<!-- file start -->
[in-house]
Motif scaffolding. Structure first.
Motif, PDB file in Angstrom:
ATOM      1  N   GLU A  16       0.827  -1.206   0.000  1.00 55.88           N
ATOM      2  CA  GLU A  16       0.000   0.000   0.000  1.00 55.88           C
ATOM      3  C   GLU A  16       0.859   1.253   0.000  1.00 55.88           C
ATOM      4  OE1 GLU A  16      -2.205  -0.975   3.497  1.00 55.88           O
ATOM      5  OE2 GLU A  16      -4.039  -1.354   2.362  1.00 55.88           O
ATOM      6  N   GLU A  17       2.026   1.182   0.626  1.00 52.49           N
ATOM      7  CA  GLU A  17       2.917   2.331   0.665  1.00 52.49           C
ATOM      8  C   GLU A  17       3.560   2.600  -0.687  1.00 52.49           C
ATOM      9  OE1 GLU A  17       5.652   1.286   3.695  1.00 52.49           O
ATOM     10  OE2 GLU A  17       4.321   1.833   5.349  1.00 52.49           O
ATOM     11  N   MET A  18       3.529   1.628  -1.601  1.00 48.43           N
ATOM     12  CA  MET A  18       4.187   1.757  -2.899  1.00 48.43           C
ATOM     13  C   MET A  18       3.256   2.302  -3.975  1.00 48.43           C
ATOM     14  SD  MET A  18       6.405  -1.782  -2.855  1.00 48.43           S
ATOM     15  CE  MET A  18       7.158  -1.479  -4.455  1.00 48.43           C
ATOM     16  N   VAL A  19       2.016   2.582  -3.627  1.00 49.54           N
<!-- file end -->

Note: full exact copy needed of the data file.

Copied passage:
[in-house]
Motif scaffolding. Structure first.
Motif, PDB file in Angstrom:
ATOM      1  N   GLU A  16       0.827  -1.206   0.000  1.00 55.88           N
ATOM      2  CA  GLU A  16       0.000   0.000   0.000  1.00 55.88           C
ATOM      3  C   GLU A  16       0.859   1.253   0.000  1.00 55.88           C
ATOM      4  OE1 GLU A  16      -2.205  -0.975   3.497  1.00 55.88           O
ATOM      5  OE2 GLU A  16      -4.039  -1.354   2.362  1.00 55.88           O
ATOM      6  N   GLU A  17       2.026   1.182   0.626  1.00 52.49           N
ATOM      7  CA  GLU A  17       2.917   2.331   0.665  1.00 52.49           C
ATOM      8  C   GLU A  17       3.560   2.600  -0.687  1.00 52.49           C
ATOM      9  OE1 GLU A  17       5.652   1.286   3.695  1.00 52.49           O
ATOM     10  OE2 GLU A  17       4.321   1.833   5.349  1.00 52.49           O
ATOM     11  N   MET A  18       3.529   1.628  -1.601  1.00 48.43           N
ATOM     12  CA  MET A  18       4.187   1.757  -2.899  1.00 48.43           C
ATOM     13  C   MET A  18       3.256   2.302  -3.975  1.00 48.43           C
ATOM     14  SD  MET A  18       6.405  -1.782  -2.855  1.00 48.43           S
ATOM     15  CE  MET A  18       7.158  -1.479  -4.455  1.00 48.43           C
ATOM     16  N   VAL A  19       2.016   2.582  -3.627  1.00 49.54           N